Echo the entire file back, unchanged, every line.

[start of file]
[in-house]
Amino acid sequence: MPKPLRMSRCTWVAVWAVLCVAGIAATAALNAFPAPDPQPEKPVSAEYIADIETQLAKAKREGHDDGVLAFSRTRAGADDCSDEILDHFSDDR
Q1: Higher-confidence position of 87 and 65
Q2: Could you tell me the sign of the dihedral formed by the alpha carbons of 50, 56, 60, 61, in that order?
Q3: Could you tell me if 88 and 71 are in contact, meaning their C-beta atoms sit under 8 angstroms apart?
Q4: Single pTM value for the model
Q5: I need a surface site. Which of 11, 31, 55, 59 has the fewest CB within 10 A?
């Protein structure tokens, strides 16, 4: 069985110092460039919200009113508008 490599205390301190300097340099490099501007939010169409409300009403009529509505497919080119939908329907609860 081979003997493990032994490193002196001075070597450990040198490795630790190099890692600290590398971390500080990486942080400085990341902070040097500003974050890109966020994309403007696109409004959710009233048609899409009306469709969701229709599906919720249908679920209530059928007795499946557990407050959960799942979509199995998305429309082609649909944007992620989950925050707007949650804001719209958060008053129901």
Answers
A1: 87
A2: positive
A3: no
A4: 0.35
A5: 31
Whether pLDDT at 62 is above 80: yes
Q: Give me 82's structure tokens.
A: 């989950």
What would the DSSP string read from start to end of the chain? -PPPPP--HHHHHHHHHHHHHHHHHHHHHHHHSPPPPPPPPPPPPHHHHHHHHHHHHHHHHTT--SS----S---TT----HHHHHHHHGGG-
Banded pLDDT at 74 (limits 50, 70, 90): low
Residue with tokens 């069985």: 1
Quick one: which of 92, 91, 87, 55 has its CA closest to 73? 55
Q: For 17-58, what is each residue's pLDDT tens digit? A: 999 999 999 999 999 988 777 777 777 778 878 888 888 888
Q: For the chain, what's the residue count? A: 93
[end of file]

[in-house]
Amino acid sequence: MPKPLRMSRCTWVAVWAVLCVAGIAATAALNAFPAPDPQPEKPVSAEYIADIETQLAKAKREGHDDGVLAFSRTRAGADDCSDEILDHFSDDR
Q1: Higher-confidence position of 87 and 65
Q2: Could you tell me the sign of the dihedral formed by the alpha carbons of 50, 56, 60, 61, in that order?
Q3: Could you tell me if 88 and 71 are in contact, meaning their C-beta atoms sit under 8 angstroms apart?
Q4: Single pTM value for the model
Q5: I need a surface site. Which of 11, 31, 55, 59 has the fewest CB within 10 A?
């Protein structure tokens, strides 16, 4: 069985110092460039919200009113508008 490599205390301190300097340099490099501007939010169409409300009403009529509505497919080119939908329907609860 081979003997493990032994490193002196001075070597450990040198490795630790190099890692600290590398971390500080990486942080400085990341902070040097500003974050890109966020994309403007696109409004959710009233048609899409009306469709969701229709599906919720249908679920209530059928007795499946557990407050959960799942979509199995998305429309082609649909944007992620989950925050707007949650804001719209958060008053129901």
Answers
A1: 87
A2: positive
A3: no
A4: 0.35
A5: 31
Whether pLDDT at 62 is above 80: yes
Q: Give me 82's structure tokens.
A: 């989950």
What would the DSSP string read from start to end of the chain? -PPPPP--HHHHHHHHHHHHHHHHHHHHHHHHSPPPPPPPPPPPPHHHHHHHHHHHHHHHHTT--SS----S---TT----HHHHHHHHGGG-
Banded pLDDT at 74 (limits 50, 70, 90): low
Residue with tokens 């069985």: 1
Quick one: which of 92, 91, 87, 55 has its CA closest to 73? 55
Q: For 17-58, what is each residue's pLDDT tens digit? A: 999 999 999 999 999 988 777 777 777 778 878 888 888 888
Q: For the chain, what's the residue count? A: 93